Sitting quietly in front of Casitas de Gila Guesthouses late at night, one cannot help but wonder about what might be going on down along Bear Creek, a hundred feet below. What wildlife might be there in the darkness, and what might it be doing? On most nights, even a short time spent listening intently on one’s cliffside perch offers a fascinating auditory experience of Nature as numerous curious and unfamiliar sounds punctuate the soft background murmur of Bear Creek wending its way downstream. Some sounds are readily identified, such as the distant yapping of the coyote in Winter, the deep hoot of the owl in Spring, or the ceaseless throb of the crickets in Summer. But others are new and strange to the ear, their source and cause unknown and possibly disconcerting as one perceives strange snorts and grunts, the thrashing in the underbrush, something splashing the creek, the various yips, snarls, or growls, the sudden clatter of a dislodged rock falling down cliffs, mysterious shrill bird-like whistles, isolated chirps or endless repetitive trills, or, upon rare occasion, the unmistakeable primal call of an animal in terminal distress. Eventually, the call of sleep is overwhelming and one retires for the night, drifting off to sleep contemplating the source and reason for those intriguing sounds.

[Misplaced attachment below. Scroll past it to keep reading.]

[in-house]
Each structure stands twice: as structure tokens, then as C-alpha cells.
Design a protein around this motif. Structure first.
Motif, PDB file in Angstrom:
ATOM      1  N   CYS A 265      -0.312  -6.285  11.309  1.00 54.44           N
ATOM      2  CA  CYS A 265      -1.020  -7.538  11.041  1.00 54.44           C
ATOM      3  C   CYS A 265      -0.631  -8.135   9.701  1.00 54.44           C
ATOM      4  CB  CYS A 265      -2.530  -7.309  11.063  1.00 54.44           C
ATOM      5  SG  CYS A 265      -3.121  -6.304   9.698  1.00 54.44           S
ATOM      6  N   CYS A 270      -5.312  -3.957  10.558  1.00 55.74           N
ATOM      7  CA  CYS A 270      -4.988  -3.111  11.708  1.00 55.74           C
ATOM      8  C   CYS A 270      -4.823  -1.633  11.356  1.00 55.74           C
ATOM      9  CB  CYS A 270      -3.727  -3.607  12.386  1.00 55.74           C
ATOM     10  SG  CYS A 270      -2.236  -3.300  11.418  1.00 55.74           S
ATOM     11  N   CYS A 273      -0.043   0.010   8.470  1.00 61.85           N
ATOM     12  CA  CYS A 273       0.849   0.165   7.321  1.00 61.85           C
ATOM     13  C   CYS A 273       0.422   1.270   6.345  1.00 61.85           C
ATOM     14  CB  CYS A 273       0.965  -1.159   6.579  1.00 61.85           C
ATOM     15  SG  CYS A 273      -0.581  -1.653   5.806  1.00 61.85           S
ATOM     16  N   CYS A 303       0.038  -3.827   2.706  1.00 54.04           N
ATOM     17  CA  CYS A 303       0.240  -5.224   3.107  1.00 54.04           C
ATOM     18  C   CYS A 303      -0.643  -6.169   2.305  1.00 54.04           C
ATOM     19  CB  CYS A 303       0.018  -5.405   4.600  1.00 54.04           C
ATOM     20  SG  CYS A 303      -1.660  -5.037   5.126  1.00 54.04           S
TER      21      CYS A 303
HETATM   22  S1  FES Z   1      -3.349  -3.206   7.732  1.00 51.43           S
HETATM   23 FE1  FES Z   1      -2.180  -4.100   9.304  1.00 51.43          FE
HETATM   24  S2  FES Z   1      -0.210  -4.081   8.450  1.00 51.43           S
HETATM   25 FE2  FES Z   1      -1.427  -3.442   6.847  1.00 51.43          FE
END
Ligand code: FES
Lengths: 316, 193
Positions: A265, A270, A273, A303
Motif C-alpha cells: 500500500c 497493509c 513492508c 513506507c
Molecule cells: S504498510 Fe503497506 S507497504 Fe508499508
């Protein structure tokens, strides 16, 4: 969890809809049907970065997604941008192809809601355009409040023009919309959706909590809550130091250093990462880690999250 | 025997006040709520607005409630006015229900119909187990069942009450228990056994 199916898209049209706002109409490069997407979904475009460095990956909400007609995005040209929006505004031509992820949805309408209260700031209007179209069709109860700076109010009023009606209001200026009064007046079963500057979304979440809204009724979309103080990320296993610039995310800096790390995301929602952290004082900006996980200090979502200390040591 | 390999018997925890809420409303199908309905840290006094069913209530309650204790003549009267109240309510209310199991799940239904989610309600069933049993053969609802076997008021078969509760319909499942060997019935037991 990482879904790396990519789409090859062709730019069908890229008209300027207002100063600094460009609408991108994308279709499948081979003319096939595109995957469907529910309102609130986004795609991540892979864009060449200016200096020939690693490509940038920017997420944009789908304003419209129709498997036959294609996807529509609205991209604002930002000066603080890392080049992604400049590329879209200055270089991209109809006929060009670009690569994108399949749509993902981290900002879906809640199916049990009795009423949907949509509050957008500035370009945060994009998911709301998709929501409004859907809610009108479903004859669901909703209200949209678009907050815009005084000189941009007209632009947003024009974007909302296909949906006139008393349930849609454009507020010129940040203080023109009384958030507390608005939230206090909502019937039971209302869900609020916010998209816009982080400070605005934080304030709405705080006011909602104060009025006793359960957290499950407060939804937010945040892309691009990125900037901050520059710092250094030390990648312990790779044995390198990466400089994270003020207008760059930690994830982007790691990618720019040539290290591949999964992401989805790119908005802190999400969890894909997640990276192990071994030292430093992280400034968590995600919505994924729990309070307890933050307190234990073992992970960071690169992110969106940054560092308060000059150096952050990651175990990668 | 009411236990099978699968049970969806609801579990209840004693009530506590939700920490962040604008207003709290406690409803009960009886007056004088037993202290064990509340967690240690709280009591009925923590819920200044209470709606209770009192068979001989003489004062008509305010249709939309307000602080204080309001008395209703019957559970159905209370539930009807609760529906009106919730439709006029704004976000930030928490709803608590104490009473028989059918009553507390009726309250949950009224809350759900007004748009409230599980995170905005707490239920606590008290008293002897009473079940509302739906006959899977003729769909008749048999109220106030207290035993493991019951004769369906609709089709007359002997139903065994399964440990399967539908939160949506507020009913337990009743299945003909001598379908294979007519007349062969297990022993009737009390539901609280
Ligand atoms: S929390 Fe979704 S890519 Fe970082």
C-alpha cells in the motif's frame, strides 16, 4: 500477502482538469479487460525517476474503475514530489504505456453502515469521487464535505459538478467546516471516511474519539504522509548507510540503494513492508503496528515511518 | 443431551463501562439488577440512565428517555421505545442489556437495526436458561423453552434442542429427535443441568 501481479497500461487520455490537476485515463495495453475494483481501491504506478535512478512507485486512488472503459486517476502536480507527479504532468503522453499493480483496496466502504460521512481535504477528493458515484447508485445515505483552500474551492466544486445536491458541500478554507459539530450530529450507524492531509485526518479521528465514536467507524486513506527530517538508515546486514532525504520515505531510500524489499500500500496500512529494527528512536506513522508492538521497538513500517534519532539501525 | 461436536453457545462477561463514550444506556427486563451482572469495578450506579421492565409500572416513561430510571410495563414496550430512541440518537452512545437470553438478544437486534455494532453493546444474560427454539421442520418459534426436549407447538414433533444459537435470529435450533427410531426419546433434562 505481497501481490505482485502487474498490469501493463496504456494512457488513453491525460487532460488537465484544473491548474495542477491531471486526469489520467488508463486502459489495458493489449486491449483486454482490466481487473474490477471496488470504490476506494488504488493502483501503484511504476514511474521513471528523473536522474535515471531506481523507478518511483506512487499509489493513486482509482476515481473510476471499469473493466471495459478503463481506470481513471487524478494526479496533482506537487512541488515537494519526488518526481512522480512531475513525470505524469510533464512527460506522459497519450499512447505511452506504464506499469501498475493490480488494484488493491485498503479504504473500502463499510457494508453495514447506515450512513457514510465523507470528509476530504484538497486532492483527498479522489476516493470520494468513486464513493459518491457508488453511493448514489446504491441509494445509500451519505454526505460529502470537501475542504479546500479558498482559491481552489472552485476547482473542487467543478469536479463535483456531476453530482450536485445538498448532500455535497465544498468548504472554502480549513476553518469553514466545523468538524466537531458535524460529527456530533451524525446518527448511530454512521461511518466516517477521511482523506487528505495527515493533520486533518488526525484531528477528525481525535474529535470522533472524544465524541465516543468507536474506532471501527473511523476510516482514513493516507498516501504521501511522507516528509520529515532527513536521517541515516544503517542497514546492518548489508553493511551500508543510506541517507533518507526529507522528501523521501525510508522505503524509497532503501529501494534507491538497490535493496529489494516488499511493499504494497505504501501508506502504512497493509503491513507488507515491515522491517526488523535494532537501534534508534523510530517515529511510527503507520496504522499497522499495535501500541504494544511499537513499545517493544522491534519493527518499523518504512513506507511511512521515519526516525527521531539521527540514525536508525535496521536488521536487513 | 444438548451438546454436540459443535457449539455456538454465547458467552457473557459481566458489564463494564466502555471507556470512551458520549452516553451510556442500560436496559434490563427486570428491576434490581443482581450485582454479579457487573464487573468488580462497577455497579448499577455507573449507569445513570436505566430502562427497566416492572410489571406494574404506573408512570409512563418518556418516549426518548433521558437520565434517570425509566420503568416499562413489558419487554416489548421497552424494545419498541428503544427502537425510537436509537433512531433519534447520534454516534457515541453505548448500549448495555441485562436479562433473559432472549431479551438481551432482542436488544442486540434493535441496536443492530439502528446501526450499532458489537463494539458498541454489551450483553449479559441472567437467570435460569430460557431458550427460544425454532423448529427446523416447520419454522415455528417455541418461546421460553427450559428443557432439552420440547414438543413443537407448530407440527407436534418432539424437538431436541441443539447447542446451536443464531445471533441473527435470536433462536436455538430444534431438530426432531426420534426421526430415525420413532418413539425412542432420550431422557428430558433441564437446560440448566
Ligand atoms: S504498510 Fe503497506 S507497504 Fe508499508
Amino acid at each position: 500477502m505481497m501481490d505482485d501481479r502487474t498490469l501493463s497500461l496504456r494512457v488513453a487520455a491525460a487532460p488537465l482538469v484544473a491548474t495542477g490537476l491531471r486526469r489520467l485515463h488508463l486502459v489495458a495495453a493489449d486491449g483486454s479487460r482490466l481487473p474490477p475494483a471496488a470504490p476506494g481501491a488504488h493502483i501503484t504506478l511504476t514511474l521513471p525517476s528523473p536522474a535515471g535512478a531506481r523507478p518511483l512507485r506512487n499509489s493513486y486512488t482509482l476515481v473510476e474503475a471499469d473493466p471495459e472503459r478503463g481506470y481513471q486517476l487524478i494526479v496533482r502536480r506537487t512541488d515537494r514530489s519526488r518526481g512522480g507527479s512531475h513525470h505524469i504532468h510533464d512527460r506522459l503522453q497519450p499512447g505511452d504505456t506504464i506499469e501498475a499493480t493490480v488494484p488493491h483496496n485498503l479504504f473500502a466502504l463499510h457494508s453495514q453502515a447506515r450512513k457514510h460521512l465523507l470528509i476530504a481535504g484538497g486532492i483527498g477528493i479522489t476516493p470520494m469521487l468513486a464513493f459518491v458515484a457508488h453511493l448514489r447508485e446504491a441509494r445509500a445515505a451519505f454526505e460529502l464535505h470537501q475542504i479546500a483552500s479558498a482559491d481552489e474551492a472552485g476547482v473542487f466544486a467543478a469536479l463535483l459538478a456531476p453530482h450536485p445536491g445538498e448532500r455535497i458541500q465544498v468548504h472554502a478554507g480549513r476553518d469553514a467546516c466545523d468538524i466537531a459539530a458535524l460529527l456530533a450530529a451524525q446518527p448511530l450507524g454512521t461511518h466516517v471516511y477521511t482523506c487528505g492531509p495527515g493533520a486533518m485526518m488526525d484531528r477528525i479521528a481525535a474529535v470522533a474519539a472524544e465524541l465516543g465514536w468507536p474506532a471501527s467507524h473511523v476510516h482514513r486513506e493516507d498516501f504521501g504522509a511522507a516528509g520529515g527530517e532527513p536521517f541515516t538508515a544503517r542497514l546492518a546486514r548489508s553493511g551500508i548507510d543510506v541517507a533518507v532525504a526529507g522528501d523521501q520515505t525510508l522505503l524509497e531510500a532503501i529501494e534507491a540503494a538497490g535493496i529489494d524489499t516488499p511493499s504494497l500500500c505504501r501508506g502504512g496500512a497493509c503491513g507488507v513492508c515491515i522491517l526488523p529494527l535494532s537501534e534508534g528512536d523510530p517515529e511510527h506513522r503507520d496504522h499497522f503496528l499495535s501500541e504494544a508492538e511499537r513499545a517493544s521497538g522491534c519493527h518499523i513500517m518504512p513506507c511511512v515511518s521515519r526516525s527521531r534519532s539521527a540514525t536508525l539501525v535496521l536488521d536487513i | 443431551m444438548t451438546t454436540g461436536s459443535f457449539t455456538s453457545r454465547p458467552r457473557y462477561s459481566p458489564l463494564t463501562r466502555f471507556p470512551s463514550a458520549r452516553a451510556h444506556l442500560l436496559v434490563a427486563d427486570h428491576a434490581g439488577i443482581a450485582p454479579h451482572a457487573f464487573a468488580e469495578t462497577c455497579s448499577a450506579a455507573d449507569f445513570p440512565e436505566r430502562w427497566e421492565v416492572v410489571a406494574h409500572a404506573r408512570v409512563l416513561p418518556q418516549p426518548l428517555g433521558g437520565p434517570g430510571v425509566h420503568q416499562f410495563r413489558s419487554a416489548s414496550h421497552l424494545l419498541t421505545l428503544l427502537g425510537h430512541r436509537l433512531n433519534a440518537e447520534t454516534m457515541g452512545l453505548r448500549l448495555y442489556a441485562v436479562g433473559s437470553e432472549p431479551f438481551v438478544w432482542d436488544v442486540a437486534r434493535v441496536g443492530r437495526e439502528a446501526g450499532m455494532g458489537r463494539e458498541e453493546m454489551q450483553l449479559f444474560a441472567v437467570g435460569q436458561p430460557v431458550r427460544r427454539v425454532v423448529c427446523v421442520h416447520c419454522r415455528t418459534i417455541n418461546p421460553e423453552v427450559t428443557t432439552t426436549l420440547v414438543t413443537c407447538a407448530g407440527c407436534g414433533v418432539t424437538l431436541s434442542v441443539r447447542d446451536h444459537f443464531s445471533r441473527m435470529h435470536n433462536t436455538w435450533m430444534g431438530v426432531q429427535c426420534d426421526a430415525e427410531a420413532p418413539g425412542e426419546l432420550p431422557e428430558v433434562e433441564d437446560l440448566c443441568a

In the morning, one rises early and walks quietly along the creekside trails hoping for a glimpse of the various animals and birds that make their home here. But even if the wildlife doesn’t show, one finds tracks of all kinds along the trails and the edge of Bear Creek, visual remnants of their maker’s activities from the night before. It’s an enjoyable and interesting challenge to try to match up the tracks of the morning with the sounds of the previous night. Sometimes it can be done. You watch as a band of Bighorn Sheep scamper along the ledges of the vertical cliff on the east side of Bear Creek, heading out for a morning’s grazing on the mountainside, one of them dislodging a rock that crashes down into the sycamore below. And you remember that sound from last night. But what, you wonder, was that sheep doing moving around on the cliff in the dark? A little further on you find a few clumps of soft fur near some grass at the edge of Bear Creek. The ground is disturbed, as if a struggle took place. Could this be the source of that disturbing plaintive cry in the dark? On certain trails and places you come across a confusion of tracks of all shapes and sizes. Some are easily identified; others, one is not so sure about. But one thing is for certain: there sure was a lot of activity down in the Creek last night!